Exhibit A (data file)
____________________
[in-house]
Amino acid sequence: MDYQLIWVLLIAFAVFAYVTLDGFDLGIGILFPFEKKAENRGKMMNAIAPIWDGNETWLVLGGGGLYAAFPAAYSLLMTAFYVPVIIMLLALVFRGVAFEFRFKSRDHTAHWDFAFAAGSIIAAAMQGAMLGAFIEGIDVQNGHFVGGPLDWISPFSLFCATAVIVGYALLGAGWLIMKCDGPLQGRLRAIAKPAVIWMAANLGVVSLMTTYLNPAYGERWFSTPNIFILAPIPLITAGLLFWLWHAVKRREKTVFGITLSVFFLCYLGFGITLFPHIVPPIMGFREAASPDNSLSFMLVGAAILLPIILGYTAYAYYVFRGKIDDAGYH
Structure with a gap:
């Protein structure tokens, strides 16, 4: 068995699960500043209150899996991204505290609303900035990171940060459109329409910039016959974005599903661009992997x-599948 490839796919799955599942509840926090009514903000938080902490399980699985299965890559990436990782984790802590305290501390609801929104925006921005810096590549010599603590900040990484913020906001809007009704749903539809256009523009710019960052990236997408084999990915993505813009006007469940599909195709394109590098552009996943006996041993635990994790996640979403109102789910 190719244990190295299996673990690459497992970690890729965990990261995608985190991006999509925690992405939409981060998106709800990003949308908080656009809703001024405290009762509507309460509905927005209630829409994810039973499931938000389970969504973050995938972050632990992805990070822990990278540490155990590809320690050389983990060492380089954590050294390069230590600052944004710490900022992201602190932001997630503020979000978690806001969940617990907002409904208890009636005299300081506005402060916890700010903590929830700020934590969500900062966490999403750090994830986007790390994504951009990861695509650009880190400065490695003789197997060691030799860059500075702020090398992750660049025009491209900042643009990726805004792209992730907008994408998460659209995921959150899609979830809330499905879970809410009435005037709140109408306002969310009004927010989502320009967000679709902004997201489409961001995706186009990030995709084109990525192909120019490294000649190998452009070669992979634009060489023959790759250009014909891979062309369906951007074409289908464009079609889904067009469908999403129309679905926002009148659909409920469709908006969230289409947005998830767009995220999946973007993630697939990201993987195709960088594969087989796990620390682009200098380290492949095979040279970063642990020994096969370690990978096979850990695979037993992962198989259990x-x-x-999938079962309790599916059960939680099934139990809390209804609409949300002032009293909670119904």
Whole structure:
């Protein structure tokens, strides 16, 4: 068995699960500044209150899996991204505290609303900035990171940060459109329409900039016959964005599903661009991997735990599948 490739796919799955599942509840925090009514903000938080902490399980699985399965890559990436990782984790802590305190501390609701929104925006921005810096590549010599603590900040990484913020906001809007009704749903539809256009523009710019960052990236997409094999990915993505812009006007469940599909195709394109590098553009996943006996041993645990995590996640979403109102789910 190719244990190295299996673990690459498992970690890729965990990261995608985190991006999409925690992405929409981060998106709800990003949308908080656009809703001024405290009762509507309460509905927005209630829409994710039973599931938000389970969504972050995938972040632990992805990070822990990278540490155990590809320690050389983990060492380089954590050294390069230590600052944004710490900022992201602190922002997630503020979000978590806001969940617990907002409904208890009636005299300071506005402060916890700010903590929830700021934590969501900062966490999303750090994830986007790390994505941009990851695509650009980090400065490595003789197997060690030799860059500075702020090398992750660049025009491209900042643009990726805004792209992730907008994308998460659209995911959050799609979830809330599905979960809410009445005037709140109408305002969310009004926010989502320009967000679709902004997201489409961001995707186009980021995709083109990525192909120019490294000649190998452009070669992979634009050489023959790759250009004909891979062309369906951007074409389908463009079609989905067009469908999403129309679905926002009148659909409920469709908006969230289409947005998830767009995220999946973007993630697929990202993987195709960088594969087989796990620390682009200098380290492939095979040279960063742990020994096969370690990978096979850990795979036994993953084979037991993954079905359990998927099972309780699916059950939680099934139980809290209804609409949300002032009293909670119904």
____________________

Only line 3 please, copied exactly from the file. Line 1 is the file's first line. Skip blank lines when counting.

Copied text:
Structure with a gap: